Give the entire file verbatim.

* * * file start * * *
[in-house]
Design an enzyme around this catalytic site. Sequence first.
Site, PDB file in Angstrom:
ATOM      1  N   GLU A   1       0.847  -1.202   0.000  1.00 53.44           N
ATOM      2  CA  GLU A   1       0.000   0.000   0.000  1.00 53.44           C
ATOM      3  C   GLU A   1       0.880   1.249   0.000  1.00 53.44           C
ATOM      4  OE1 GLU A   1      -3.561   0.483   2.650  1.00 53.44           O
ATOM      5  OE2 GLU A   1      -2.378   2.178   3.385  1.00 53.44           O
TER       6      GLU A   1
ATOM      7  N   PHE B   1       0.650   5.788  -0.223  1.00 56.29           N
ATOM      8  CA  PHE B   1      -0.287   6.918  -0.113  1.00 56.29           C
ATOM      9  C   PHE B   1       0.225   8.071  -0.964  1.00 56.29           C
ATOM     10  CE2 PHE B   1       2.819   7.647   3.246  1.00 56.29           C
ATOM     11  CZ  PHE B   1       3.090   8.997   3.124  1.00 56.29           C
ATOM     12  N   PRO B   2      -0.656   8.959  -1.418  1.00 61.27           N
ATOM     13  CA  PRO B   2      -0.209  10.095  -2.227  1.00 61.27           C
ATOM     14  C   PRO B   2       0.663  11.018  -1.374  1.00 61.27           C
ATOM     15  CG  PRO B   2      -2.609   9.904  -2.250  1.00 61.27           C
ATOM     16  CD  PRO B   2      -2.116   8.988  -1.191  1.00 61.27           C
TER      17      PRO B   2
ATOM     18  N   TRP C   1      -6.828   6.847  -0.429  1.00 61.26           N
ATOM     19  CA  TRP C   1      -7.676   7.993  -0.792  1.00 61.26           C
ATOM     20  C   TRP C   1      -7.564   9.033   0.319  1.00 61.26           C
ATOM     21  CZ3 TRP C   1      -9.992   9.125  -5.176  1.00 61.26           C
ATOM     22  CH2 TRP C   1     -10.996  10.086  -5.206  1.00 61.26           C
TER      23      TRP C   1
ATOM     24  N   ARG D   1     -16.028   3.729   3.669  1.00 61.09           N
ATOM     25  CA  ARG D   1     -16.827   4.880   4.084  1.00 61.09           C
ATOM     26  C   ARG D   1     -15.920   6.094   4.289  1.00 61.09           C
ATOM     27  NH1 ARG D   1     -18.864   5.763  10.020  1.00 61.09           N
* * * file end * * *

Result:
[in-house]
Design an enzyme around this catalytic site. Sequence first.
Site, PDB file in Angstrom:
ATOM      1  N   GLU A   1       0.847  -1.202   0.000  1.00 53.44           N
ATOM      2  CA  GLU A   1       0.000   0.000   0.000  1.00 53.44           C
ATOM      3  C   GLU A   1       0.880   1.249   0.000  1.00 53.44           C
ATOM      4  OE1 GLU A   1      -3.561   0.483   2.650  1.00 53.44           O
ATOM      5  OE2 GLU A   1      -2.378   2.178   3.385  1.00 53.44           O
TER       6      GLU A   1
ATOM      7  N   PHE B   1       0.650   5.788  -0.223  1.00 56.29           N
ATOM      8  CA  PHE B   1      -0.287   6.918  -0.113  1.00 56.29           C
ATOM      9  C   PHE B   1       0.225   8.071  -0.964  1.00 56.29           C
ATOM     10  CE2 PHE B   1       2.819   7.647   3.246  1.00 56.29           C
ATOM     11  CZ  PHE B   1       3.090   8.997   3.124  1.00 56.29           C
ATOM     12  N   PRO B   2      -0.656   8.959  -1.418  1.00 61.27           N
ATOM     13  CA  PRO B   2      -0.209  10.095  -2.227  1.00 61.27           C
ATOM     14  C   PRO B   2       0.663  11.018  -1.374  1.00 61.27           C
ATOM     15  CG  PRO B   2      -2.609   9.904  -2.250  1.00 61.27           C
ATOM     16  CD  PRO B   2      -2.116   8.988  -1.191  1.00 61.27           C
TER      17      PRO B   2
ATOM     18  N   TRP C   1      -6.828   6.847  -0.429  1.00 61.26           N
ATOM     19  CA  TRP C   1      -7.676   7.993  -0.792  1.00 61.26           C
ATOM     20  C   TRP C   1      -7.564   9.033   0.319  1.00 61.26           C
ATOM     21  CZ3 TRP C   1      -9.992   9.125  -5.176  1.00 61.26           C
ATOM     22  CH2 TRP C   1     -10.996  10.086  -5.206  1.00 61.26           C
TER      23      TRP C   1
ATOM     24  N   ARG D   1     -16.028   3.729   3.669  1.00 61.09           N
ATOM     25  CA  ARG D   1     -16.827   4.880   4.084  1.00 61.09           C
ATOM     26  C   ARG D   1     -15.920   6.094   4.289  1.00 61.09           C
ATOM     27  NH1 ARG D   1     -18.864   5.763  10.020  1.00 61.09           N